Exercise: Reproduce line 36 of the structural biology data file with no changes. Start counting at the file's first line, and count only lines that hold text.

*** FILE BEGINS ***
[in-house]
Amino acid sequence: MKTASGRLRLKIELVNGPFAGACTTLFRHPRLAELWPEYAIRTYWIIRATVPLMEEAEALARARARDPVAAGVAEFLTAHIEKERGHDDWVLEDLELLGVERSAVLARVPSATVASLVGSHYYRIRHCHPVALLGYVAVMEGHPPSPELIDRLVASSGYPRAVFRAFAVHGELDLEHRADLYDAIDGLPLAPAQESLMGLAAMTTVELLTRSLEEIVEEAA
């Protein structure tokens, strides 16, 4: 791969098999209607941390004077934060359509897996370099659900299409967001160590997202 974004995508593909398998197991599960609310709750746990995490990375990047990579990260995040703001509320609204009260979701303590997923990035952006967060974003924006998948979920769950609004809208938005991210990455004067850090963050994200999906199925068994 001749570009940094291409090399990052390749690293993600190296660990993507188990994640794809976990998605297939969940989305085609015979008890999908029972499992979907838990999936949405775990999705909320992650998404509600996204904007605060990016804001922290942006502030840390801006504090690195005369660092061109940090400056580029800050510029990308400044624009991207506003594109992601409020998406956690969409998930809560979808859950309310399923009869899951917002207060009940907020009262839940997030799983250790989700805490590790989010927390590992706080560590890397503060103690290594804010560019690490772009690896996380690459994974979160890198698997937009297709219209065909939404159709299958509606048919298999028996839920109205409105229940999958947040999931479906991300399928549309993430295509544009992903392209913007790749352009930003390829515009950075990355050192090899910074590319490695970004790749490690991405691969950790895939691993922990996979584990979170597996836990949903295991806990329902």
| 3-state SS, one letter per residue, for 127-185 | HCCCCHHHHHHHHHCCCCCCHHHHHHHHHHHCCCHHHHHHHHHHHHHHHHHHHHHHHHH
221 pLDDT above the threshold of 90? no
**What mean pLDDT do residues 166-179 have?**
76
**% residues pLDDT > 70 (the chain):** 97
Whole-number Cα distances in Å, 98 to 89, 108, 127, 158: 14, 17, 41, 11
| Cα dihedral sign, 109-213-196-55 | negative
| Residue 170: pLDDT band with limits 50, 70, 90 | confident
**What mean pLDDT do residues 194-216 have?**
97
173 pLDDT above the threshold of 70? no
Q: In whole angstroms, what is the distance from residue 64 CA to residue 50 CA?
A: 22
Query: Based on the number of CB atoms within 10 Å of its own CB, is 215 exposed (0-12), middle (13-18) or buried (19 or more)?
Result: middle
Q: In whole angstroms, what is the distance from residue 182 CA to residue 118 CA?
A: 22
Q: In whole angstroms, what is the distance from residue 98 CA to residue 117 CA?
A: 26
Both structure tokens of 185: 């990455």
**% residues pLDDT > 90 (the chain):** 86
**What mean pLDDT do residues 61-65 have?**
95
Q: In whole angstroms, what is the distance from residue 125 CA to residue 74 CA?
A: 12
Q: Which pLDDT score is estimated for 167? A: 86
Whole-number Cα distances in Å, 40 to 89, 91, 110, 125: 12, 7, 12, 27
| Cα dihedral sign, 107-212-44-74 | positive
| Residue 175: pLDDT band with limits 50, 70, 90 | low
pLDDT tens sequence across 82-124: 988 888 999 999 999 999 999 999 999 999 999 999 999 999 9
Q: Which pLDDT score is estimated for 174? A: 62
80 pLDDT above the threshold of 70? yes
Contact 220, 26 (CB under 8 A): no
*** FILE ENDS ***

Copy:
Contact 220, 26 (CB under 8 A): no